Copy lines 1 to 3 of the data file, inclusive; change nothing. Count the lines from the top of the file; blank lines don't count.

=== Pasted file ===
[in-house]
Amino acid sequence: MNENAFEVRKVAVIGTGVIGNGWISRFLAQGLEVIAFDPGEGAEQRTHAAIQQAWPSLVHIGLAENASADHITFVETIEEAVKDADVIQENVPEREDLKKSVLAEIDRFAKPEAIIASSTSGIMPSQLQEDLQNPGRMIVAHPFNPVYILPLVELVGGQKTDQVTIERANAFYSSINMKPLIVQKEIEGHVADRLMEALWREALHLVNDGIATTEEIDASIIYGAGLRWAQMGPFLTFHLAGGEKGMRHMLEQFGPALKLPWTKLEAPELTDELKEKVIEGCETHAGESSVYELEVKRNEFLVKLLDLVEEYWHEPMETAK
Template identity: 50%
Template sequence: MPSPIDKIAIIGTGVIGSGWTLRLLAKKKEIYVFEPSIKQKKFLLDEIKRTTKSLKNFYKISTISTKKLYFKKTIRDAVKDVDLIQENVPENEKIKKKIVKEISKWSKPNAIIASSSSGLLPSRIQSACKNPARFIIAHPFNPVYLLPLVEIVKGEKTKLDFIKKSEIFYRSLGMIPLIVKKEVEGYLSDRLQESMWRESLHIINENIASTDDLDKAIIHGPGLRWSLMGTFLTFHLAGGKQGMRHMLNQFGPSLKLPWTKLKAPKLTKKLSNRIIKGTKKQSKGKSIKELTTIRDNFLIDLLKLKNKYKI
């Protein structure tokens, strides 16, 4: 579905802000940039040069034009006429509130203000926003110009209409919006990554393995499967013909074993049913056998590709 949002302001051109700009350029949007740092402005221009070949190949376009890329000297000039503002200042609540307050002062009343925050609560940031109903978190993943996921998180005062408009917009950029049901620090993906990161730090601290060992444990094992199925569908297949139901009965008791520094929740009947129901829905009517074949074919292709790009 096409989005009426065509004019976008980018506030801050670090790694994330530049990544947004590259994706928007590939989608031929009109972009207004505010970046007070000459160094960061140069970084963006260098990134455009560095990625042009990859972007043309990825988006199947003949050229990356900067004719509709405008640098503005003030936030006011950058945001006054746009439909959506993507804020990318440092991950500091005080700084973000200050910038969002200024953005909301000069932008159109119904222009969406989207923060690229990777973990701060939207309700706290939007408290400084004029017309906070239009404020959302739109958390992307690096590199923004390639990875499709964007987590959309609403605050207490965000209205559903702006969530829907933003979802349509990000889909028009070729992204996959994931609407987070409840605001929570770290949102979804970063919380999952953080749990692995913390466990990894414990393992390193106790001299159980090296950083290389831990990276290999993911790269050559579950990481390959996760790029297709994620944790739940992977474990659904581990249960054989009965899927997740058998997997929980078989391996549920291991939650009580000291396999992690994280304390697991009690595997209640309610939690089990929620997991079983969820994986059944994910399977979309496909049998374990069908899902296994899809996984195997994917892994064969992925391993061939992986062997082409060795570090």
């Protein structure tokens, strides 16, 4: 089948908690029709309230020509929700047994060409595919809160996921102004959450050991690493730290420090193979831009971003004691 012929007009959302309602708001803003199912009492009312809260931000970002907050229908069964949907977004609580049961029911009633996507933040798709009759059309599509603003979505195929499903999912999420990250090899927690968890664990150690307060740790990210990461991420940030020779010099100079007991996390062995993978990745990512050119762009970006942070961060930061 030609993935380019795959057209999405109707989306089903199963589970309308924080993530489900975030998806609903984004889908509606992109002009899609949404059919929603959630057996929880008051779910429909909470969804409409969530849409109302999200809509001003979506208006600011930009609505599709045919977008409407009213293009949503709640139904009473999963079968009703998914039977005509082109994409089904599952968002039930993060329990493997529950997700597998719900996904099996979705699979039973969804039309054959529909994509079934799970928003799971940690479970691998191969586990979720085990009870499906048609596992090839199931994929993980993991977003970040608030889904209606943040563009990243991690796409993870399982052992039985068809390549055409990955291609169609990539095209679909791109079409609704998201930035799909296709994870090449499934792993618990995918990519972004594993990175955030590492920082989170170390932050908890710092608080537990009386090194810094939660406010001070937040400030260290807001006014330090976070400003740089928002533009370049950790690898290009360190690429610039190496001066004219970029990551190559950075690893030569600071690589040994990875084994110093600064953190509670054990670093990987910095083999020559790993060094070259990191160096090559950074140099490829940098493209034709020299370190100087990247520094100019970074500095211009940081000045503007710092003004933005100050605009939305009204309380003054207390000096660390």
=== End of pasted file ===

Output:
[in-house]
Amino acid sequence: MNENAFEVRKVAVIGTGVIGNGWISRFLAQGLEVIAFDPGEGAEQRTHAAIQQAWPSLVHIGLAENASADHITFVETIEEAVKDADVIQENVPEREDLKKSVLAEIDRFAKPEAIIASSTSGIMPSQLQEDLQNPGRMIVAHPFNPVYILPLVELVGGQKTDQVTIERANAFYSSINMKPLIVQKEIEGHVADRLMEALWREALHLVNDGIATTEEIDASIIYGAGLRWAQMGPFLTFHLAGGEKGMRHMLEQFGPALKLPWTKLEAPELTDELKEKVIEGCETHAGESSVYELEVKRNEFLVKLLDLVEEYWHEPMETAK
Template identity: 50%